“Give me my flowers while I can still smell them” is a phrase Rapsody heard from her paternal grandmother, Laila, when she wanted express gratitude anytime her granddaughter came to visit her. It’s taken on a new tone in music this year as more and more well-known musicians pass away, defining a sense of urgency for people to pay their respects to living legends and mentors while they’re still here. Rapsody’s Instagram page is filled with other messages from her grandmother, where she writes in another post: “Laila said to show people love while you still can. Older one’s wisdom has never failed me.”
Laila’s Wisdom, Rapsody’s second studio album and her first on Roc Nation, is about preserving knowledge that’s passed down to you, exploring love, gaining confidence, and conquering self-doubt. For its 14 songs, Rapsody has recruited the likes of Kendrick Lamar, Black Thought, and Anderson. Paak for features, as well as executive producers 9th Wonder, Terrace Martin, and Young Guru to set the tone of the record. Rapsody’s storytelling is a lot richer than it’s been in the past; the album is aimed squarely at the hip-hop head who wants to break down lyrical meanings. Laila’s Wisdom is her most focused project to date, delivering refreshing poetry in a rap game dominated by trap and Auto-Tune anthems.
Complex sat down with Rapsody to talk about the inspiration of Laila’s Wisdom, her thoughts on Jay Z’s 4:44, working with Kendrick, the female hip-hop landscape, and much more. You can stream/purchase Laila’s Wisdomhere.
You talked about putting out another album last year, but out of nowhere you just announced Laila’s Wisdom.
I think people knew I was working on something, but when it was coming I don’t think they knew. I think one thing coming from indie to having a bigger major label backing, you don’t think about the paperwork that’s associated with it and things take a little longer to get done but we didn’t want to make people wait too long for it.
So it’s you, Terrance, 9th, and Young Guru as the executive producers. Terrance is coming off The Pollyseeds project and Kendrick Lamar’sTo Pimp a Butterfly. Guru is coming off 4:44. What did they do to push you creatively?
Me and 9th have worked together for ever so we have a process, but even we tried to push that to another level, just experimenting with things, trying to sing a little bit and just going any and everywhere with it. Really no rules.
The album for the most part was pretty much done by the time Jay and Guru started working on 4:44. I think during the time Jay was working on 4:44, Guru would be working with Jay all day and then trying to mix my album at night. Gu was sleepy. [Laughs] He was tired. He worked mad hard. Gu, always, too brings another side, just being with Roc-A-Fella for all of those years being in all of those Baseline sessions and all of those albums, he brings a lot of experience and his ideas. So it just really created a circle of a bunch of talented, creative people, bringing all their ideas together. It’s like Voltron man, it just really made it fun.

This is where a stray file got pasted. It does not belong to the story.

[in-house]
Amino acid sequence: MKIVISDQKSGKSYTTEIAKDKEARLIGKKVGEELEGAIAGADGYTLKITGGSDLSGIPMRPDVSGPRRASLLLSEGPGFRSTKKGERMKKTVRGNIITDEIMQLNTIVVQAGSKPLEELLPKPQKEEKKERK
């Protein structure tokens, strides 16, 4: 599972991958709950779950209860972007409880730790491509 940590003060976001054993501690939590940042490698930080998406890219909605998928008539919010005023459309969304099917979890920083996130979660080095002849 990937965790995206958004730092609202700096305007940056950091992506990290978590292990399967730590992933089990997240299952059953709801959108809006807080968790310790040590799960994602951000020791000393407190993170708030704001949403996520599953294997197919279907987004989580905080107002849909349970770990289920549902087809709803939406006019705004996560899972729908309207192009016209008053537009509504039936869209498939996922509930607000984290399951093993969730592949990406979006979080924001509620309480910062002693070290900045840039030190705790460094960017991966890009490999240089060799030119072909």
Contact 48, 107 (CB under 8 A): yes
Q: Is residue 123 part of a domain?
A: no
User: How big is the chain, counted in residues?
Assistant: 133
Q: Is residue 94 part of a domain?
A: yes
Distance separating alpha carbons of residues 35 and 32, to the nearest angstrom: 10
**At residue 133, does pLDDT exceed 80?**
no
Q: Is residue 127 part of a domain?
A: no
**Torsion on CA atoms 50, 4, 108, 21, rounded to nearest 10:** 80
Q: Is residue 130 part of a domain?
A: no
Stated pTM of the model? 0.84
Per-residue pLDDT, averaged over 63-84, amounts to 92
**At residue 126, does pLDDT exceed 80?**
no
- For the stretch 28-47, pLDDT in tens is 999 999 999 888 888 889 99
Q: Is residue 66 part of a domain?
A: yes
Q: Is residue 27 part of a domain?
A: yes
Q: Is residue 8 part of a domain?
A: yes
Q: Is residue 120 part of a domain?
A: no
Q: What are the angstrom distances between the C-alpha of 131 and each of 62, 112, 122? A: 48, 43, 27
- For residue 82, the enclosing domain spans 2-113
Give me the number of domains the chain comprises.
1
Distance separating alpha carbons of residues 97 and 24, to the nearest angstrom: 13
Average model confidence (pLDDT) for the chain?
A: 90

You said Jay is really like one of your biggest influences, you said Lauryn and Jay is too. When you heard 4:44 what did you take away from it?
Man, I’m just always wowed and floored by how he can continue to reinvent himself. It’s a great album and a different side of Jay, a more personal side of Jay, though he’s always been personal in his own right, but it’ll be a song here and a lyric here. To have a whole album that’s personal and in the way that he did it.
And to hear why he did it the way he did it in the Rap Radar interview, it’s like, ‘I know how to rap. I wanted it to feel personal. I wanted it to feel like I’m talking to you in a conversation.’ That was dope to even take that aspect, like it doesn’t have to be perfect rap, the greater thing is I’m trying to get an idea and an emotion and bring you into my world. That’s the dope thing. He’s always reinventing himself in that way. And how he proves that is you can’t put an age on hip-hop.
Has he heard your album yet?
I don’t know, I’m not sure. But I did get to see him after Made In America and I was telling him how good he did on the show and he grabbed me by the shoulder and said ‘Man you’re doing a great job, you’re rapping your ass off.’ I know he’s always watching so I can’t wait to get his feedback when the time is right.
You’ve been sharing the message behind your album on Instagram. There are a bunch of quotes from different people and one was from your grandmother who said “give me my flowers while I can still smell them.” Can you talk about that significance? Why is that important knowing that we lost greats like Chuck Berry and Prodigy this year.
That was one of the reasons I titled the album, Laila’s Wisdom. Laila was my grandmother, and I would always go to the house and that would be the running thing. Every time that you heard ‘Oh, you came to see me. Oh, called me. You gave me my flowers while I’m here.’ It could be something as small as a phone call, send a card or buy food, that’s a flower. It’s just about spending time and energy and just showing people that you appreciate them, however you choose to do that.
You see people that pass away, like your Prodigys, and you see people come out of the woodwork from the top of the top to the bottom of the bottom, showing their appreciation and love and sometimes you think, ‘I wonder if these people knew how much they were loved before they were gone?’ We are doing it now, but the ones that need to receive it, they’re gone. They can’t receive it; why don’t we do that while they are here?
Is this album based on love or anything like that? When I listened to it I heard a few songs about love.
There is a love section.
So is it broken up into sections?
I just think it touches on different topics, there is a love section in there, about three or four songs, that’s dedicated to all the stages of love you go through: the happy, the good times, the not-so-good times, the I don’t really want to be with you no more, the ‘Yo I just met this new dude and I’m really feeling him,’ you know, you have that story. You have a song about depression. You have one about confidence--a few about confidence like “Black & Ugly.” There’s “Power.” I think it just touches on different emotions.